Wednesday, March 16, 2011

The Questions Lie in Wait

Reason (like death) robs a man of the delusion of His divinity. Throw out reason and man is free to create reality in his own image. Perception is the only reality the non-discerning may know.

We seem to live in a non-discerning world. It seems that hypersensitivity to being judgmental, bigoted, racist, homophobic, and xenophobic, calls us to throw out our minds in the name of a mindless religious faith known as “political correctness”.

Technology is an affront to this disposition. Science births technology by drawing a line delineating truth from falsehood. Many people explain this as a dichotomy. They see the world as being divided. After all, some truth is quantitative and others are qualitative.

Two plus two equals four. There is no room for argument. But we have no such formulas for determining a suspected universal, transcendent morality. Many people don’t even believe such a thing exists, however they will moralize against those of us who do.

In his book, “God Is Not Great”, Christopher Hitchens moralizes against the church, claiming that organized religion is violent, irrational, intolerant, racist, etc… But what is wrong with those things if God doesn’t exist? WHY are these things wrong in an atheist’s world? Says who?

What if reason is transcendent? What if life’s mysteries are only the limitations of our empirical reach or our presuppositions? What if the mysteries of the world are not an excuse for us to throw our brains out the window, but rather a call to explore?

Imagine if Albert Einstein would have never asked himself why the speed of light was observed to violate Newton’s physics. He would have never discovered E=MC2. Imagine if Kepler would have never asked questions about the anomalies in the Ptolemaic cosmological model. He would never have discovered that the orbits of the celestial bodies are elliptical instead of perfect circles.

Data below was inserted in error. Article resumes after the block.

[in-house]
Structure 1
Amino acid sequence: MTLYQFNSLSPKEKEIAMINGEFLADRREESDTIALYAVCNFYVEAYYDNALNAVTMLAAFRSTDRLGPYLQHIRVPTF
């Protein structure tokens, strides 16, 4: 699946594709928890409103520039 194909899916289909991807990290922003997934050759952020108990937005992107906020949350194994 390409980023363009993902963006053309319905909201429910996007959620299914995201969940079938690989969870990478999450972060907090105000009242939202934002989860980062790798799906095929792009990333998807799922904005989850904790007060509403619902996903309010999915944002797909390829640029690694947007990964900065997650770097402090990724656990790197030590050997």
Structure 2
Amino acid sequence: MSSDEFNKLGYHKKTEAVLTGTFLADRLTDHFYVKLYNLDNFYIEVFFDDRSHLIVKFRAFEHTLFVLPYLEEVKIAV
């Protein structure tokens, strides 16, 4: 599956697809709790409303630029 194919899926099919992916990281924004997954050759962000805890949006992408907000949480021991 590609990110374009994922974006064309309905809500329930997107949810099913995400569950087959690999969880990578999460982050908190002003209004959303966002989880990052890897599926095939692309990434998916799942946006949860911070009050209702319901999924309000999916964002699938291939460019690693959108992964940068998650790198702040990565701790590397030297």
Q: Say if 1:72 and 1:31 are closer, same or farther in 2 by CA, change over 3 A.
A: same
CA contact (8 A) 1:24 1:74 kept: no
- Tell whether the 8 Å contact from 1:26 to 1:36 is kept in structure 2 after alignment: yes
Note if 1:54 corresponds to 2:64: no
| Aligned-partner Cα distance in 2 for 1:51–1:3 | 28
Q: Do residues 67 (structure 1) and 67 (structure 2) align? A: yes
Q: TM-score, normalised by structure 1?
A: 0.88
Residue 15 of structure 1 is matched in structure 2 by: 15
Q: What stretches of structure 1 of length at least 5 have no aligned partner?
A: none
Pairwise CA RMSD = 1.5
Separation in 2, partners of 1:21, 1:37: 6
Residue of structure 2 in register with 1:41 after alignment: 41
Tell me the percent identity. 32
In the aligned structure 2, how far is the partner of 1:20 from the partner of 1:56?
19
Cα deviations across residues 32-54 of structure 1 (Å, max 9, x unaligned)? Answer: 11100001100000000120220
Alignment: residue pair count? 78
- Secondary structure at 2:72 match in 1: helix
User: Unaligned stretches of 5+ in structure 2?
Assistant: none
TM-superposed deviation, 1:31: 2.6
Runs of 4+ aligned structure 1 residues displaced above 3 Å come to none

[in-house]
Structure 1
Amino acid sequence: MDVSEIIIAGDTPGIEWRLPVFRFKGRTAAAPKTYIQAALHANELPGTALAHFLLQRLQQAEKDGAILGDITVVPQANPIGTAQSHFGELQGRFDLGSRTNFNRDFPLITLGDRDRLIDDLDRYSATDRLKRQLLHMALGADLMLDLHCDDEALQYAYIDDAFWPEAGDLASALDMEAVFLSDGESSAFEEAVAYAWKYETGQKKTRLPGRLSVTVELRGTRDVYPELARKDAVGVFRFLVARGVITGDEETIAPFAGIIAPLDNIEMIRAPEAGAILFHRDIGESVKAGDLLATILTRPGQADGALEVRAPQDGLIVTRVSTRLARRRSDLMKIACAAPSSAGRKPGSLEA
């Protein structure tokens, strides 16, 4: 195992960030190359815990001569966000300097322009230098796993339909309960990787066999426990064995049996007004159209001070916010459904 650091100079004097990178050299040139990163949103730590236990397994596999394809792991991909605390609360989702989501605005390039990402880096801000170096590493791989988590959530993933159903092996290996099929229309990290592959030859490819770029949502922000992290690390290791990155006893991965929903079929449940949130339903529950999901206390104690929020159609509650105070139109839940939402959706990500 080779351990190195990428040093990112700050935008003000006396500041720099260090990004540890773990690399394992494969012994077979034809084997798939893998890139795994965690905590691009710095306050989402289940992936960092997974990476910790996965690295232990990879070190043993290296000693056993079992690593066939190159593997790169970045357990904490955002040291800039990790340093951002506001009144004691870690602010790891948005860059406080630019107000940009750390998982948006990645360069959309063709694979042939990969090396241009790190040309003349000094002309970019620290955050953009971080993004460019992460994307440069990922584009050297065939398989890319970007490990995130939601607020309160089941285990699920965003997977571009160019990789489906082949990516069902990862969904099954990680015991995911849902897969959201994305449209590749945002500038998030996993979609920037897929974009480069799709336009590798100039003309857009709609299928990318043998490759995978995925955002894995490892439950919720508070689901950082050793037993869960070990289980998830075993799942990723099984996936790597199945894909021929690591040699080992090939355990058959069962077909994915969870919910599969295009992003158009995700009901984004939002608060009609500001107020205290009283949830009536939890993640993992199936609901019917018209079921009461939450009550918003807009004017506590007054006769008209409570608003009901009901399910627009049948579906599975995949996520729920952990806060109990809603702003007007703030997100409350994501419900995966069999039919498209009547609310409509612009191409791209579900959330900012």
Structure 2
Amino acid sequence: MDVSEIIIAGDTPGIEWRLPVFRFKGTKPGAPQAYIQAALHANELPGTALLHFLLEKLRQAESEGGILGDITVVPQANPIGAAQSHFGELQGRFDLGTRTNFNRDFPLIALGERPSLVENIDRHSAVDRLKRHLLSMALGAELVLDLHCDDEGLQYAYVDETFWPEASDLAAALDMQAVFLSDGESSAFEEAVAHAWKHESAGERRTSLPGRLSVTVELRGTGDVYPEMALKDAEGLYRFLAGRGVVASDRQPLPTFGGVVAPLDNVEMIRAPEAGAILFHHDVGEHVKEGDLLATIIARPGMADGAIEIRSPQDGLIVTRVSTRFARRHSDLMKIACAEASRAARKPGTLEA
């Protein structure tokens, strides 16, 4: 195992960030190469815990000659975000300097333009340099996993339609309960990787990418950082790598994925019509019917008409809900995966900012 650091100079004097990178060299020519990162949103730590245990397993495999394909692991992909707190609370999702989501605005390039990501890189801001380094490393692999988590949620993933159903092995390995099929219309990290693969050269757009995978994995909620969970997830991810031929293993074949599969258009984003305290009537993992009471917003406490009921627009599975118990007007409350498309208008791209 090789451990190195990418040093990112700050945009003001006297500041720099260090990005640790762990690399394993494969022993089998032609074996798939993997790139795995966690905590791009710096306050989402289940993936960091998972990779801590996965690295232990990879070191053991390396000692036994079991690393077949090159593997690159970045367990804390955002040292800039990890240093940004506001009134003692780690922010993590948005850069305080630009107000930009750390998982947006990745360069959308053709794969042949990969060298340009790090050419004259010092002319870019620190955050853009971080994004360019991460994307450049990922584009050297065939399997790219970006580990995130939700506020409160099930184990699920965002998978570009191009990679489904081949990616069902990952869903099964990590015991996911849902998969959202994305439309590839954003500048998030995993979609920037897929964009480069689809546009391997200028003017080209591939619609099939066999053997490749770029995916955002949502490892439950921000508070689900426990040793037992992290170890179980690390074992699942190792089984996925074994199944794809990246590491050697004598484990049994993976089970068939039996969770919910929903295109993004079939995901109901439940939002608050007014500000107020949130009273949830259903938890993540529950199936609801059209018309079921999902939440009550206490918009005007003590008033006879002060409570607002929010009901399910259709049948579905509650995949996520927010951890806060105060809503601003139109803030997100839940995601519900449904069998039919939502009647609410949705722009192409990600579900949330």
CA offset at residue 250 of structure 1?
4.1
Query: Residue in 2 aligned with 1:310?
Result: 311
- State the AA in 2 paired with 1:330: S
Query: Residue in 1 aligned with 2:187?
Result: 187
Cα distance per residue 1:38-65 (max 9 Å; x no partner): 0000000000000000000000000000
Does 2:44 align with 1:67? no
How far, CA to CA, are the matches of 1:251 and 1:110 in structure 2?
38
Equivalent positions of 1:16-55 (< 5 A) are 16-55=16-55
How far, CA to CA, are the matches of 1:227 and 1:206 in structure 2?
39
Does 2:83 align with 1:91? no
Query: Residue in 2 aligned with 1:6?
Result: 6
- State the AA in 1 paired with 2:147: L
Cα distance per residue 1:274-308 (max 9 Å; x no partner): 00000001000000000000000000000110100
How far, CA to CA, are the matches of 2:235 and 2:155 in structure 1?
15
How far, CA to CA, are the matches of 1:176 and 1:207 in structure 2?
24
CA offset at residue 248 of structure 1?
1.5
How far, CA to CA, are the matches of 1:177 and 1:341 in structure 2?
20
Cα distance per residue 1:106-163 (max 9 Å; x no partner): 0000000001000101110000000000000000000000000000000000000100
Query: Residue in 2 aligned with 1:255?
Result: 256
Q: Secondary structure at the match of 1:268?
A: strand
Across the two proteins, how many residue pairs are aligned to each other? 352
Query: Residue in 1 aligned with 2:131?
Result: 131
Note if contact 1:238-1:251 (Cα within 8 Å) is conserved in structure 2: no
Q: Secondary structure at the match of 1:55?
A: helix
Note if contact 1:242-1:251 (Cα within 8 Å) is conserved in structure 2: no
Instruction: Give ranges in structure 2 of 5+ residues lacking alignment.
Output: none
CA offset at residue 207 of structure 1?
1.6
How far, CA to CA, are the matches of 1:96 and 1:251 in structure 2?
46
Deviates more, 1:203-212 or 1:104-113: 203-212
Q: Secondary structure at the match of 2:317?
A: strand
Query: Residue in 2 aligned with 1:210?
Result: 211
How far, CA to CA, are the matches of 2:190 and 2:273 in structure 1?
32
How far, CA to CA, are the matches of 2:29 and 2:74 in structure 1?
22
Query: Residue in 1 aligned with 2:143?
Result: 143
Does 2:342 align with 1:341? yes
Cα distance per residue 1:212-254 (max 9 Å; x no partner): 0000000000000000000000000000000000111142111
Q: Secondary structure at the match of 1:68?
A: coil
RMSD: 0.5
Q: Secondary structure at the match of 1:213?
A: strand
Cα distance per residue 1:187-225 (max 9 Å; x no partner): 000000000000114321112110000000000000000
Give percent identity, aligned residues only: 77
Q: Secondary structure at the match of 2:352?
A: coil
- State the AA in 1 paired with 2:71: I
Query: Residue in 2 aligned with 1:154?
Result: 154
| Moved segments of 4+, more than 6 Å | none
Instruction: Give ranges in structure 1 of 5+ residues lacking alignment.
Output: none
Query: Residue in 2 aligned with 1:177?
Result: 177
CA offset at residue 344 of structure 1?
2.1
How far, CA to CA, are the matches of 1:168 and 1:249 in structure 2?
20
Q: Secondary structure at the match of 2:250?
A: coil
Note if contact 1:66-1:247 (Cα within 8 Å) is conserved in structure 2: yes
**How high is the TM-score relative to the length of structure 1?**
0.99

I am a music teacher. When I teach creativity to students, I teach them that the key is to ask questions. I challenge them to question a scale and ask, “What can I possibly do with those seven notes?” I then challenge them to explore the possibilities. This curiosity and sense of exploration inevitably leads to creativity.

Creativity breathes life into what is otherwise simply meaningless exercises. When I teach scales, intervals, arpeggios, chords and music theory, my students' eyes glaze over. But when I coax them to be creative with these objects by questioning their possibilities, these things come to life in the dynamic we call music. 

Christianity says that the Word became flesh and came to live among us. All the rules and ritual, the sometimes mindless traditionalism, the cleansings, religious ceremonies, sacrifices and duties, came alive in the form of Jesus Christ. Faith, with all of its ambiguity and mystery, breathes life into a dead Word.

Rock beats scissors...

What discoveries in life lie in wait because of questions you are not asking?

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